According to analyis by Leeds’ public health team, between 2017–25, reducing people’s exposure to nitrogen dioxide and PM2.5 (the two major air pollutants) would result in an estimated 750 fewer deaths amongst those suffering from chronic conditions such as coronary heart disease, chronic obstructive pulmonary disorder (COPD), stroke, asthma, diabetes and lung cancer. Reducing its high pollution levels would save Leeds based NHS and social care up to £36 million between these same dates. Moreover, 337 people were killed or seriously injured on roads in 2018, and transport accounts for 43% of city carbon emissions. On top of all this, a typical vehicle driver loses forty hours per year stuck in traffic, although it is hoped changing commuting patterns post-COVID will change this.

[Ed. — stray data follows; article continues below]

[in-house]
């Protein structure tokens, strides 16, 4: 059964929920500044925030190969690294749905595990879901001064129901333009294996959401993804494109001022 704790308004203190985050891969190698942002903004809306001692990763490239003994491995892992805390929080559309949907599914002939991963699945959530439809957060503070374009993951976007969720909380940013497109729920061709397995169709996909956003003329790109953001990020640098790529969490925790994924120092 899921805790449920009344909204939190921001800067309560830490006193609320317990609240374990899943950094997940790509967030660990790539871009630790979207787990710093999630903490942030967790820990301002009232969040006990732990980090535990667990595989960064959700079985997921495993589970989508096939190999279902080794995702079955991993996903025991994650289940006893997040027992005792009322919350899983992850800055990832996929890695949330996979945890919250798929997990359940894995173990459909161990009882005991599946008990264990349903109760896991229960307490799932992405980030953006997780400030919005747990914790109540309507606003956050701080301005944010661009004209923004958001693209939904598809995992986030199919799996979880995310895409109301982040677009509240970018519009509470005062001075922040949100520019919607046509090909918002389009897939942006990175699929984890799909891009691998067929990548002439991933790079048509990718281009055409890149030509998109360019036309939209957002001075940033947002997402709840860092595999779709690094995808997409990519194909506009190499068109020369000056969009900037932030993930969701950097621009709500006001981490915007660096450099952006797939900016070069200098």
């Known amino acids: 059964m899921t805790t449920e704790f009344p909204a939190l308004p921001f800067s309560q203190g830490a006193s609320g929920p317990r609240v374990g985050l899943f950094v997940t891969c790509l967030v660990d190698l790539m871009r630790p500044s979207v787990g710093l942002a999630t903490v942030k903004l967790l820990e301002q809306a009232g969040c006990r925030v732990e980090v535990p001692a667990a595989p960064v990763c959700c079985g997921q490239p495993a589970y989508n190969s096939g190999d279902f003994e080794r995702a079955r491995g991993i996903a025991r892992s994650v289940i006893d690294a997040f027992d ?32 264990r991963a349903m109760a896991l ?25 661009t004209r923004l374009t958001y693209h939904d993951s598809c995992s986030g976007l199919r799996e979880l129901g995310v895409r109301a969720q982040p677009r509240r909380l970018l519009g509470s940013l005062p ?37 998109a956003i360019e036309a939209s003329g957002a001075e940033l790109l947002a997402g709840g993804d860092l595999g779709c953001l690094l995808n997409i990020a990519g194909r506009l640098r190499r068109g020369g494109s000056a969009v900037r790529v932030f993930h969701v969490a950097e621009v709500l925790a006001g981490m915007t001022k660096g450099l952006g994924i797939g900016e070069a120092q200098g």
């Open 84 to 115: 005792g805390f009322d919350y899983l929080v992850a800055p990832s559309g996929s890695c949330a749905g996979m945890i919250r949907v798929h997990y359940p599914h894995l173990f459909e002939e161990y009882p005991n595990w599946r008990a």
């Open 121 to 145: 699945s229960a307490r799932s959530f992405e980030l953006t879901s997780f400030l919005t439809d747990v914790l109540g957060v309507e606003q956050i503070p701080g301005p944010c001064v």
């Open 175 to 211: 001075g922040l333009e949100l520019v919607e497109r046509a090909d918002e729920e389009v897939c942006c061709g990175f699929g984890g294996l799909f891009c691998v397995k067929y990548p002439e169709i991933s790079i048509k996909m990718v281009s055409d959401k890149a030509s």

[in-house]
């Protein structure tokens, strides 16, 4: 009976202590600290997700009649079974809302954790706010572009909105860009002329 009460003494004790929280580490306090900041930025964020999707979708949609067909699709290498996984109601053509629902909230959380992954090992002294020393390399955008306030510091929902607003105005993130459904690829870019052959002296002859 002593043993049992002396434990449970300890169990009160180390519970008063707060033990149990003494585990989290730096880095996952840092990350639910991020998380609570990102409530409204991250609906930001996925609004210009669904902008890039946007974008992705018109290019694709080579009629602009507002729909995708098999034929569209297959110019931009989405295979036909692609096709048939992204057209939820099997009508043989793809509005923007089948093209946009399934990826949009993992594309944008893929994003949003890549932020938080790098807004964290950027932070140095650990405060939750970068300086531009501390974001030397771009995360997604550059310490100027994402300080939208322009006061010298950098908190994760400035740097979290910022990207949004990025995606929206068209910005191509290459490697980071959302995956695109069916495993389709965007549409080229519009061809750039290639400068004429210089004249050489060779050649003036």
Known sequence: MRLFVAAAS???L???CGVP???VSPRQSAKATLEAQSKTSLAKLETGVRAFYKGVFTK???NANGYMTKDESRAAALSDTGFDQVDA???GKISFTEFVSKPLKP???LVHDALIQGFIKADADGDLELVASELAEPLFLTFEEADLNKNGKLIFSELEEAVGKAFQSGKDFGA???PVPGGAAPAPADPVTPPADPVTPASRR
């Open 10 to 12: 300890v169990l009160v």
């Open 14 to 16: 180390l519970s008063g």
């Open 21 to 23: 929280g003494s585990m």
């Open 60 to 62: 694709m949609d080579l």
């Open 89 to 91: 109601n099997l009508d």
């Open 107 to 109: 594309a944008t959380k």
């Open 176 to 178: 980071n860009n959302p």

Encouraging more active travel is an obvious priority for towns and cities as it tackles this basket of problems; and it brings immediate benefits — improved public health from more physical activity and better air quality, increased road safety especially for children and those on foot, bike and wheelchair, improved local quality of life through more physical interaction, and reduced carbon emissions. If it goes hand in hand with good planning and design, it can also offer the quickest and cheapest journey times for the majority of trips we make.
So, what’s happening in Leeds?
Leeds City Council has a long-standing ambition and programme of work to promote active travel, through CityConnect and Connecting Leeds. Since lockdown this has been given new momentum. The municipality started to use the Common Place interactive platform to gather ideas on active travel improvements across the city. The Create Streets social enterprise also created a similar map which informed the wider council led consultation.